January 26 2008
So, last year at the 3-day Eastern Mojave ride in southern California, Gretchen and I were making our way along a deep sandy wash that went on for a couple of miles. It was either that or weave sometimes treacherous paths through multiple forms of cactus (including Joshua trees, that stab you with poison, or leave star-patterned club marks when you are run into them) just waiting to attach their thorns to your horses' legs, or catch you if you got stumbled off or bucked off. So we opted for the wash.
We were in the middle of the Mojave National Preserve desert (the middle of nowhere, mind you), when we realized there was something coming up behind us, something big, and something fast.
It was not only a truck; it was a truck pulling a horse trailer. They were going fast, because they were in deep sand in this deep sandy wash, fishing-tailing about, and if they slowed down, they'd sink down into the desert and petrify.
"What the ??? Who are these crazy fools? Who would be out driving in a sandy wash in the middle of nowhere?" we exclaimed as we hoofed it out of the wash in a hurry before we were run over. They waved, smiling, like they knew what they were doing. We waved back and watched their dust in astonishment.
And rode on.
Nearly a year later, I am sitting in Kevin and Rusty's house visiting with Leslie Spitzer and her mom Linda. Kevin bought his beloved Far from Leslie last year; she came down here to see Far, and ride Kevin's horse Redford beside Kevin and Far in this weekend's Land of the Sun ride in Wickenburg. When it turned out our horses here all had strangles, and nobody would be going anywhere on four legs, Leslie and her mom came down anyway for a visit.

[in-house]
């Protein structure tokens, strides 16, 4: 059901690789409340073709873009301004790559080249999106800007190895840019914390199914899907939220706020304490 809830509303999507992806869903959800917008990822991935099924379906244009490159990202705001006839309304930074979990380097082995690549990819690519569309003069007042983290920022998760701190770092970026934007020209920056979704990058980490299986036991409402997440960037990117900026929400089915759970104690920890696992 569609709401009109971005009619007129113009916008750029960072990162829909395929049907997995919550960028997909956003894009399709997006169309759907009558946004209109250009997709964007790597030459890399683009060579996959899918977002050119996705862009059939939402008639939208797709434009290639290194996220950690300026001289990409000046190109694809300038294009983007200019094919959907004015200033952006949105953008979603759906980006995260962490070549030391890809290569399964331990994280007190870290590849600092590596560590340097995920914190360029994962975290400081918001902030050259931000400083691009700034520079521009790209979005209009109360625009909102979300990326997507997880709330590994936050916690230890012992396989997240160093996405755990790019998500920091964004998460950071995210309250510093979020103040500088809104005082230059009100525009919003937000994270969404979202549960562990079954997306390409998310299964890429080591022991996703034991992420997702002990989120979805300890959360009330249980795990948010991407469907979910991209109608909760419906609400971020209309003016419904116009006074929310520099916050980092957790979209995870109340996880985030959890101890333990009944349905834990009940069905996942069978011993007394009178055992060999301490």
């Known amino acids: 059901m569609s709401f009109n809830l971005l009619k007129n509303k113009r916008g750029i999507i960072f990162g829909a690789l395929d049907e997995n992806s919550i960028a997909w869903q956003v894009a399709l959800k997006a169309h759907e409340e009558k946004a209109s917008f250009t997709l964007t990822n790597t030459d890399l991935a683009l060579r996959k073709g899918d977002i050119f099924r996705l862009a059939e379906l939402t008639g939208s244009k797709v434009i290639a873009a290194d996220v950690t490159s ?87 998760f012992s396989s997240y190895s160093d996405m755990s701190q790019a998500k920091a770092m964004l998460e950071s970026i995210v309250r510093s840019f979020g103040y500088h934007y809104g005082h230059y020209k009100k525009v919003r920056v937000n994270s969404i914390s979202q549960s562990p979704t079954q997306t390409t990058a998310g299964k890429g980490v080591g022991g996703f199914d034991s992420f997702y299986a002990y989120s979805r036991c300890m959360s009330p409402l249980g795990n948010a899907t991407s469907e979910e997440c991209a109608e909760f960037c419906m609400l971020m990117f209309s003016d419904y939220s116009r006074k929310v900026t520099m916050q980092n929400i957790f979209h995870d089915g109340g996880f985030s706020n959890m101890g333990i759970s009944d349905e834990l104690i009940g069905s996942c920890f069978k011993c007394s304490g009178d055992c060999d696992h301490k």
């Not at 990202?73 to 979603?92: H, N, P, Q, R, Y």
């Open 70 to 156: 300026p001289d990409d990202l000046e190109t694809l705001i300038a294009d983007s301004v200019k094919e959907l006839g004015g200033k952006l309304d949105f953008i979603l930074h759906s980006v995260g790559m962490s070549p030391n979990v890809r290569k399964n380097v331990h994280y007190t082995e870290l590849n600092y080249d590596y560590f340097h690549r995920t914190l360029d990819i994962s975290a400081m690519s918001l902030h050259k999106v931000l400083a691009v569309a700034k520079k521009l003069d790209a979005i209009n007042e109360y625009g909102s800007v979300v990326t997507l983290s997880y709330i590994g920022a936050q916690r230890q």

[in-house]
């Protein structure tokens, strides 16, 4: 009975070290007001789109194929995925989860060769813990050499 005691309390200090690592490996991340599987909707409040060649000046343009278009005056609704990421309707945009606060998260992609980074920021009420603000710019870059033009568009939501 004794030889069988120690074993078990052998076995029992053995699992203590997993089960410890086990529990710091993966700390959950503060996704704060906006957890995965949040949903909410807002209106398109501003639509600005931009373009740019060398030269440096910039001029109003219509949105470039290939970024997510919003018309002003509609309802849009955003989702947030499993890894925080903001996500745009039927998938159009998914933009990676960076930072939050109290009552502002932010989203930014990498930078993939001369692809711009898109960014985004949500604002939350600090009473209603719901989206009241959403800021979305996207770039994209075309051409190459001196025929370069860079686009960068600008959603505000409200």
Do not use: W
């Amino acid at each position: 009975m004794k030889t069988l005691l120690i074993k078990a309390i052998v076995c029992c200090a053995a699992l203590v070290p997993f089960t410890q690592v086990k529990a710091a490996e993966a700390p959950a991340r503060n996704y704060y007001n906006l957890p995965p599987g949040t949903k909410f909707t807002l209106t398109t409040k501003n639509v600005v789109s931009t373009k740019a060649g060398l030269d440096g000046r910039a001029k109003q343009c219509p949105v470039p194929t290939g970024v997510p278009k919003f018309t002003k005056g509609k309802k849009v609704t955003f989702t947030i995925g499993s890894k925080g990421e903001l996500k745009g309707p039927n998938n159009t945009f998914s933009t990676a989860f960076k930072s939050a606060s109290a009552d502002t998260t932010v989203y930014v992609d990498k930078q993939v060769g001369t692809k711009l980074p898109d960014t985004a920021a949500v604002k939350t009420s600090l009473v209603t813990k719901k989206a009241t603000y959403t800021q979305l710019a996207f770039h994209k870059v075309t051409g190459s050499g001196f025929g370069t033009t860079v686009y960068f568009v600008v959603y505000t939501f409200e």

One evening we were talking - naturally - about endurance horses and endurance rides, and the Eastern Mojave came up, and bad crew directions, and driving down a sandy wash with a truck and trailer, as fast as possible, fishtailing so they wouldn't get stuck... "That was you!" It was Linda in that truck, with Leslie's husband, heading to the out vet-check. They'd been given the wrong directions, and once they found themselves in this wash there was nothing to do but gun it and hope the wash ended somewhere before they got stuck.
It was good to know that the crazies driving down that wash were endurance people just like me, people who next time might be on a horse waving at me doing something crazy like that.
Another evening disintegrated into a superb meal of Indian curries, good wine, fabulous dessert (the best pies in America, picked up by Leslie and Linda in Rock Springs, AZ, smothered with real English Bird's custard, made by Kevin), and topped with more sordid endurance tales with 8 endurance people from around the endurance world, from (loosely) California, Idaho, Pennsylvania, Wisconsin, London, Canada, Oregon, and Washington.
What better company could one ask for?
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